It has been a full decade since I’ve read a book of my own, singular choosing. What I mean is that every book I’ve cracked open and read in the past ten years has been read because of some friend, colleague, teacher; some review, prize, or list; some class, job, or writing goal dictated that the book was a must-read. The last book I read was a Man Booker finalist, the one before that was written by an old professor of mine, and the one before that had been both on the New York Times Bestseller list for weeks and adapted into a movie. The books on my to-read list are just as semi-known, semi-vetted. Don’t misunderstand — I still read widely (in fiction, at least), and I don’t feel constricted by the focus recommended reading gives me. But I also can’t stop thinking of how I used to read. Wildly, haphazardly, with no safety net.
The Holy Ghost was browsing in his or her library
one day in the future, unaccountably bored,
oddly querulous, vaguely wanting something that would be
quietly unfamiliar. “It doesn’t have to be great,”
said the Holy Ghost with the faintest note of exasperation
in his or her voice, “just so long as it has its own special character.”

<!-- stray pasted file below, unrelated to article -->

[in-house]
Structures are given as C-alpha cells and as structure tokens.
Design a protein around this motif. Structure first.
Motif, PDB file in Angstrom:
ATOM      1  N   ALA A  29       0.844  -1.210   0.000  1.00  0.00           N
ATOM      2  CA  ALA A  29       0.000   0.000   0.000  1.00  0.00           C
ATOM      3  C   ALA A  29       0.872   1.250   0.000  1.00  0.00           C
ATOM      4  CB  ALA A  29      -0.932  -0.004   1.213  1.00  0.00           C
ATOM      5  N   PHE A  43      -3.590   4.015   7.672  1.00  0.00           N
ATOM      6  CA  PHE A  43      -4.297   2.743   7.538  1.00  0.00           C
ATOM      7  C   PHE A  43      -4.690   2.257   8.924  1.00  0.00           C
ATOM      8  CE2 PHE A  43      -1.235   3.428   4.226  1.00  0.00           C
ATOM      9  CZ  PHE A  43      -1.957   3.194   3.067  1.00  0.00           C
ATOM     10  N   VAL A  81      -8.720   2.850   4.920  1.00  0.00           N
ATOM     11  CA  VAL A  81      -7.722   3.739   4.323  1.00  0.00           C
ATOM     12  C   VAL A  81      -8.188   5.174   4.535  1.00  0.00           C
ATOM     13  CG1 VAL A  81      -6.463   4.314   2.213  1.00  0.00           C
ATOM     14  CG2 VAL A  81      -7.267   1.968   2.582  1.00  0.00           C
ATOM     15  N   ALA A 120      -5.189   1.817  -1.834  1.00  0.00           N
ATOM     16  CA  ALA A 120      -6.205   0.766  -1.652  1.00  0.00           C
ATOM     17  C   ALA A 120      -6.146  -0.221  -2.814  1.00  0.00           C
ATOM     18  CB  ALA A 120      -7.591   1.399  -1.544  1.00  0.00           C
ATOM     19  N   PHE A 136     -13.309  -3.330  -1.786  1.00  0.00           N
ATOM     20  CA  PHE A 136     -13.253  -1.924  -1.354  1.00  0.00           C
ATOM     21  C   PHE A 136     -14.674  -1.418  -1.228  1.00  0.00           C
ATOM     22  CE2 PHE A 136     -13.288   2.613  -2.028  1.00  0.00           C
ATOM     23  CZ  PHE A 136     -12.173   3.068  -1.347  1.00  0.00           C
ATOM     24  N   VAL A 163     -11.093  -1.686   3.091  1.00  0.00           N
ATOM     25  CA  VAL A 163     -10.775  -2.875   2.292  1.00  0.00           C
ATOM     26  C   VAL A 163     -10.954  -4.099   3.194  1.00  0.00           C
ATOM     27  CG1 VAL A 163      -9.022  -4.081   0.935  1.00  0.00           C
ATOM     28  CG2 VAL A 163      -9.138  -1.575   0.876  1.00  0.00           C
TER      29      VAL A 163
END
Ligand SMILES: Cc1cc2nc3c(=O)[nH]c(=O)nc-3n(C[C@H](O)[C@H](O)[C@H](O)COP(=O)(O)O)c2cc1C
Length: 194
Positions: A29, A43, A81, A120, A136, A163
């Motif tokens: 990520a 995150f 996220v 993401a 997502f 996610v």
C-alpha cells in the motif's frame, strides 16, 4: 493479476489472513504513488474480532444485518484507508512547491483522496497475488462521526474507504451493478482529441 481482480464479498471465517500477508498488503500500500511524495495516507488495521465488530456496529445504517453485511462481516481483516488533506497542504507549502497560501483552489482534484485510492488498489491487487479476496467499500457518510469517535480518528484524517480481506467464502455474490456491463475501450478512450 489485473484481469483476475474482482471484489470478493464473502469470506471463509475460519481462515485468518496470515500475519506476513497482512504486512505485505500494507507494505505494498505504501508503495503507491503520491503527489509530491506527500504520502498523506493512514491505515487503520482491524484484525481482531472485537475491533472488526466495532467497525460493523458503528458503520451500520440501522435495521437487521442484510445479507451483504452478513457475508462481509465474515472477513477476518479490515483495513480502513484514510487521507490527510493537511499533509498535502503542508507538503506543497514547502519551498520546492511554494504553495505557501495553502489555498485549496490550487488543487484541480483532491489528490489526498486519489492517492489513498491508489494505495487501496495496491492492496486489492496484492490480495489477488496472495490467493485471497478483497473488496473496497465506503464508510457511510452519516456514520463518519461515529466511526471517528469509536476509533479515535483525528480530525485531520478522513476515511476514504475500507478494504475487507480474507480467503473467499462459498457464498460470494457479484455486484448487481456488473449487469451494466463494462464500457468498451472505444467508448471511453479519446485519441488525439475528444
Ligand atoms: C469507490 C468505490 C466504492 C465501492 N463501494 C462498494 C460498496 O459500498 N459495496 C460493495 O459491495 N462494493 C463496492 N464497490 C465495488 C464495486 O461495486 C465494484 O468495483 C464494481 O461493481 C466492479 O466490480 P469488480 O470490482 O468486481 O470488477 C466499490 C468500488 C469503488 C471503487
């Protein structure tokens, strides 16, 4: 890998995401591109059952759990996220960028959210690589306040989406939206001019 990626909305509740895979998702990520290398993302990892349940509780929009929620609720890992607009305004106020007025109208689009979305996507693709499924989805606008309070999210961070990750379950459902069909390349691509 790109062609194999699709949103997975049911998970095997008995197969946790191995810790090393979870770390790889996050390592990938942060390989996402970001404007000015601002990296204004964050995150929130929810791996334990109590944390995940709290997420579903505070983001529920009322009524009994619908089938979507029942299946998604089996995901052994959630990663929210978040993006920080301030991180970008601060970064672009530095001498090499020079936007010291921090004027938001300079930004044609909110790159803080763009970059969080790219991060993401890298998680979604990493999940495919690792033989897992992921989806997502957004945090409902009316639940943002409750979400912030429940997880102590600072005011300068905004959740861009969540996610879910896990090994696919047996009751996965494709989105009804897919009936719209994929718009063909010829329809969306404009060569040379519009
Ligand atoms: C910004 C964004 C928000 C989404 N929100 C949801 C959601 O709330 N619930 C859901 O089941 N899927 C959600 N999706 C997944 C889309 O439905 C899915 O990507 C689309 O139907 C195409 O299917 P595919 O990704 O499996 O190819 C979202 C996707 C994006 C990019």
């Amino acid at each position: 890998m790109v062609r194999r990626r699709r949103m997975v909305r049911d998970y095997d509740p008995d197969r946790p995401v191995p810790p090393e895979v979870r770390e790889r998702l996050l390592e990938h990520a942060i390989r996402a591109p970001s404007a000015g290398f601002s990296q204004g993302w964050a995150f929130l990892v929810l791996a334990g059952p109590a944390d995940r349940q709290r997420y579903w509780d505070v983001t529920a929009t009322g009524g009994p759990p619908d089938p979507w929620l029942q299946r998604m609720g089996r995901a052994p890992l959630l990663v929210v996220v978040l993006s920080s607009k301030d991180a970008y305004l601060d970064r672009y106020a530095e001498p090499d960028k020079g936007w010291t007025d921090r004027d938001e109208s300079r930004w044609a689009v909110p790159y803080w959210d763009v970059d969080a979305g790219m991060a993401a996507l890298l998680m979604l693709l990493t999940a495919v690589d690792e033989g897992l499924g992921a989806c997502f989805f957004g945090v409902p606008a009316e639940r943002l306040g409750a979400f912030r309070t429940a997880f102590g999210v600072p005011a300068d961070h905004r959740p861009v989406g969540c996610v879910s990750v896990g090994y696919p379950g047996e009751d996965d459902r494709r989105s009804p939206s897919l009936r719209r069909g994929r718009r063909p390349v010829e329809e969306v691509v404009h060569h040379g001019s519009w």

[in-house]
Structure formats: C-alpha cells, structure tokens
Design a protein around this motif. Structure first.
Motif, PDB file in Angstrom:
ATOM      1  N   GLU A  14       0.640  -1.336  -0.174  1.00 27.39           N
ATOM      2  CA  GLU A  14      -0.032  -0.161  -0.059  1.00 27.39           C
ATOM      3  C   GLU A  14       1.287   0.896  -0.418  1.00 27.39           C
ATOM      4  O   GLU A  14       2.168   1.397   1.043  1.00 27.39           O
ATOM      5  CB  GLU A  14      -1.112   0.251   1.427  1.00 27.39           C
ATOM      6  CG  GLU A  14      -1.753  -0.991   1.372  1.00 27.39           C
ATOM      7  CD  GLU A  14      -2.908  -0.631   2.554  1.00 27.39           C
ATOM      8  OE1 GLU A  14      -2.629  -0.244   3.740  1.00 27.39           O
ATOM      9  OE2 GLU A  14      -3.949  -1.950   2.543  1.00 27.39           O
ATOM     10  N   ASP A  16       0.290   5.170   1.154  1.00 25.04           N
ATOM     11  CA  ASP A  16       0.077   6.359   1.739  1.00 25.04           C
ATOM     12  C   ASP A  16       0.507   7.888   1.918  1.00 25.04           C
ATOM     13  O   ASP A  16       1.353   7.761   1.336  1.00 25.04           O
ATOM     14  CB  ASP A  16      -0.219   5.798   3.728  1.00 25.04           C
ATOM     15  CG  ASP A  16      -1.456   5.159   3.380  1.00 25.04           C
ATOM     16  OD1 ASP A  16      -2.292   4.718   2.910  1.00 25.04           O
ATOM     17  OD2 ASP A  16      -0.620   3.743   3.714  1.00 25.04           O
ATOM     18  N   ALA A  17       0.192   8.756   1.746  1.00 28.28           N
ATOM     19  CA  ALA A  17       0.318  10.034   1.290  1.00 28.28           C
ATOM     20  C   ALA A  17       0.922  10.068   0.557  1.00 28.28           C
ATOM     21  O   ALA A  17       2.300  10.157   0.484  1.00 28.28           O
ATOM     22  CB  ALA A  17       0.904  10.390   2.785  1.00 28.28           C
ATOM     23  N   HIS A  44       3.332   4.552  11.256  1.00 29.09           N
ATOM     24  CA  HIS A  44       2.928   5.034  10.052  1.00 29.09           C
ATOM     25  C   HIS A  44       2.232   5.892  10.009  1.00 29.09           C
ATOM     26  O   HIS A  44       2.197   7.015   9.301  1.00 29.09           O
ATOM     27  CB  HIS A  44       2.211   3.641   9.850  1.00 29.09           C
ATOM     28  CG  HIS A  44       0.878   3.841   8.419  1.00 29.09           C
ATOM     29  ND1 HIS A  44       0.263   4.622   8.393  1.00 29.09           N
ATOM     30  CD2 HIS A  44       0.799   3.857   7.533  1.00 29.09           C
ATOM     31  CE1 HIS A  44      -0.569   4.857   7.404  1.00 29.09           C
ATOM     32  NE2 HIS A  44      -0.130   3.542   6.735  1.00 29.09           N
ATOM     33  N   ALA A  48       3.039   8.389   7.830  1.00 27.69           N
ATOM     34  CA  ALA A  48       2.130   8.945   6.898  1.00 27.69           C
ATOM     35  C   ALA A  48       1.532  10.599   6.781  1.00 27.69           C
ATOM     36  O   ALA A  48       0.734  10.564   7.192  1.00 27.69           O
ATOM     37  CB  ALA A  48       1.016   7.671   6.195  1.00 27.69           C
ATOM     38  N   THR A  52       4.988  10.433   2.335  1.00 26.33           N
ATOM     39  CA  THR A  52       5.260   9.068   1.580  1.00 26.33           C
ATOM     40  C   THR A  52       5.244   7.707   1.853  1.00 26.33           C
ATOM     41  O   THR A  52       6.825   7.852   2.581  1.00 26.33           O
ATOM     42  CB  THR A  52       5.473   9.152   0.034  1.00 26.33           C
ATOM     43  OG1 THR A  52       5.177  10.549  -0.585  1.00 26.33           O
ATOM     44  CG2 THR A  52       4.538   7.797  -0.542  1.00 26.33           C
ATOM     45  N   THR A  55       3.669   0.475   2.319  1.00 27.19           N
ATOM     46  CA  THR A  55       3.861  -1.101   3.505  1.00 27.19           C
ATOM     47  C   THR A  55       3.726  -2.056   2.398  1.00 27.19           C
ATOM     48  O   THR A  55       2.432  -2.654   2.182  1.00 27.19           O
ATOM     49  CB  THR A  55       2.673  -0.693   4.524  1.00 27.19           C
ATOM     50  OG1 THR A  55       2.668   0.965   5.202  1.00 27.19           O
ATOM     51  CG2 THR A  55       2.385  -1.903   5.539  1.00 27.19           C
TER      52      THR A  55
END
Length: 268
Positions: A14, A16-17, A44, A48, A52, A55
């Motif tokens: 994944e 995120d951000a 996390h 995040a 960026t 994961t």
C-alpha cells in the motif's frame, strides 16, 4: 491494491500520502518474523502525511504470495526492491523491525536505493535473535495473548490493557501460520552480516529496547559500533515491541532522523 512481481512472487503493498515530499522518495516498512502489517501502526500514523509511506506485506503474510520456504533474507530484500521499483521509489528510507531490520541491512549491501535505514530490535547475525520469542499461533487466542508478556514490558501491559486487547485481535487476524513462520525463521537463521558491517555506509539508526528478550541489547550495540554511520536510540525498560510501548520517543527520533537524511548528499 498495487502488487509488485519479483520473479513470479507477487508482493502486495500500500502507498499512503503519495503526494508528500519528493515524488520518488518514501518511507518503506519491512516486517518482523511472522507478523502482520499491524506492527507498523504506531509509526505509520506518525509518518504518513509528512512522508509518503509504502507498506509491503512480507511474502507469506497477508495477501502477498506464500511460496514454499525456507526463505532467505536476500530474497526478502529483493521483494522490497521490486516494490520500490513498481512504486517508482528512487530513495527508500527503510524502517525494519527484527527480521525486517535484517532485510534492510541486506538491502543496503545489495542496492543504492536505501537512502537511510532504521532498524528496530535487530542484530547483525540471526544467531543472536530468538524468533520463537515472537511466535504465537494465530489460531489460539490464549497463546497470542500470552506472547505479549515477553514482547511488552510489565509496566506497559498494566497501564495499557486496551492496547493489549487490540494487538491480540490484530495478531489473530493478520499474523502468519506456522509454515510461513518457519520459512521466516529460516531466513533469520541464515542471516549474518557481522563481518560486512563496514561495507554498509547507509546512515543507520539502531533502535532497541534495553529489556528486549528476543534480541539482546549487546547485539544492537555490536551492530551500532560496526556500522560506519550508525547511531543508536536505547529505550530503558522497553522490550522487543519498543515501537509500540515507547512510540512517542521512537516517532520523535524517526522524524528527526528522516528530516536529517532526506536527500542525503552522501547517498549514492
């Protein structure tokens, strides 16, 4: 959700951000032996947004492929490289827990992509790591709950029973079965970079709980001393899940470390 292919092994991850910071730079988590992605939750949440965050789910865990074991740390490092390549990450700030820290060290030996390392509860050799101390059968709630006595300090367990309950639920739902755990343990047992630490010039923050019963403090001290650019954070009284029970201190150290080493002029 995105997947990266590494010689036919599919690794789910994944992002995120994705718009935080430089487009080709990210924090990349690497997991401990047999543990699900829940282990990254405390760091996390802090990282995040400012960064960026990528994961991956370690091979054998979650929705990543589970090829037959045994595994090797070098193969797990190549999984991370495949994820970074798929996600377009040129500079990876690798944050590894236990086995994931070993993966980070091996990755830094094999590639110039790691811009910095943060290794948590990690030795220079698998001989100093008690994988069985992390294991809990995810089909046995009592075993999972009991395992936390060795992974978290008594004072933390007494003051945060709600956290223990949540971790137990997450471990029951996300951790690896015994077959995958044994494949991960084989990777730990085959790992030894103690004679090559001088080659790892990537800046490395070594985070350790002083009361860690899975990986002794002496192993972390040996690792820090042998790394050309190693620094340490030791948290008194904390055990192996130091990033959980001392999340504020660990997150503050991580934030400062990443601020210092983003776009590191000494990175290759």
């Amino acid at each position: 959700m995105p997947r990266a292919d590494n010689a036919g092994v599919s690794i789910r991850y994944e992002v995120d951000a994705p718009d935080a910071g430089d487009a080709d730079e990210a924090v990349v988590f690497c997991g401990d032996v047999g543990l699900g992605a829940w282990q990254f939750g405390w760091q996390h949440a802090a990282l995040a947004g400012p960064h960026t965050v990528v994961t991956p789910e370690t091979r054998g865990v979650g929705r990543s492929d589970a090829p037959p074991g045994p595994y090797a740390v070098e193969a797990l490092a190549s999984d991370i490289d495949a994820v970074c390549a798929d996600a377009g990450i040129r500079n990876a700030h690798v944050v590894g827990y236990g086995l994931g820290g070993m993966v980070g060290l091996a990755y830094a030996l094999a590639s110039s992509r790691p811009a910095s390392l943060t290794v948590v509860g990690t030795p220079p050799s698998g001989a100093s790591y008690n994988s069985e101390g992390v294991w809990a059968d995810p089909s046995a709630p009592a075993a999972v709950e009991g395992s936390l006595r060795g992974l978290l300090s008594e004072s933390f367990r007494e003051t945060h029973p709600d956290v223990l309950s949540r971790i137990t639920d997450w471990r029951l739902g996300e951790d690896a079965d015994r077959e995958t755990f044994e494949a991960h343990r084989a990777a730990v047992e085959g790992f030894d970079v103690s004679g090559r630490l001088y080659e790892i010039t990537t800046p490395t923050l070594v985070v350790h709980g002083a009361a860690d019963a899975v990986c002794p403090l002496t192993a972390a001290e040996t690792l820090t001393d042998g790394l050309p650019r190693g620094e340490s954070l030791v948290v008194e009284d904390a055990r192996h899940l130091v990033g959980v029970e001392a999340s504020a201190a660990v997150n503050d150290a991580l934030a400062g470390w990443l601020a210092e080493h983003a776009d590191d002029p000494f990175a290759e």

“The most common dissenting sentiment is, ‘Look, it’s fine that people are gonna come to [feminism] through pop culture, and you can’t say it’s less real than coming to it through feminist theory.’ I’ve definitely heard some frustration around that. I agree with that sentiment to some extent, but it still doesn’t absolve people of their individual ability to research feminism further—to do their own exploring—and it doesn’t mitigate the media’s role in the ways they’ve filtered and diluted feminism.”
I found myself getting irked. Why such reticence to make a simple comment online that you don’t agree with an essay’s claims? One could maintain a level of tact within the discourse. “You have a wealth of knowledge and a compulsion to set the record straight,” I wrote, “and yet you decline to do anything but privately email me — why?” I thought of all the people who daily kick off their boots to plunge into the various mud pits of online forums. I invited this reader to do the same. She told me she had no intention of falling for that.
The ultimate journey that any writer takes is an emotional one, and that is what informs the geographical and professional passages you undergo, the moral development you attempt, the intellectual maturity you reach for. Being a writer is exhilarating, demanding, fascinating; it is the most wonderful life, but it can be terribly lonely. In fact, I am still surprised each time by how singular and private the experience of writing is—how this big conversation the writer conducts, and this desire to gobble up the world comes down, finally, to a quiet moment alone.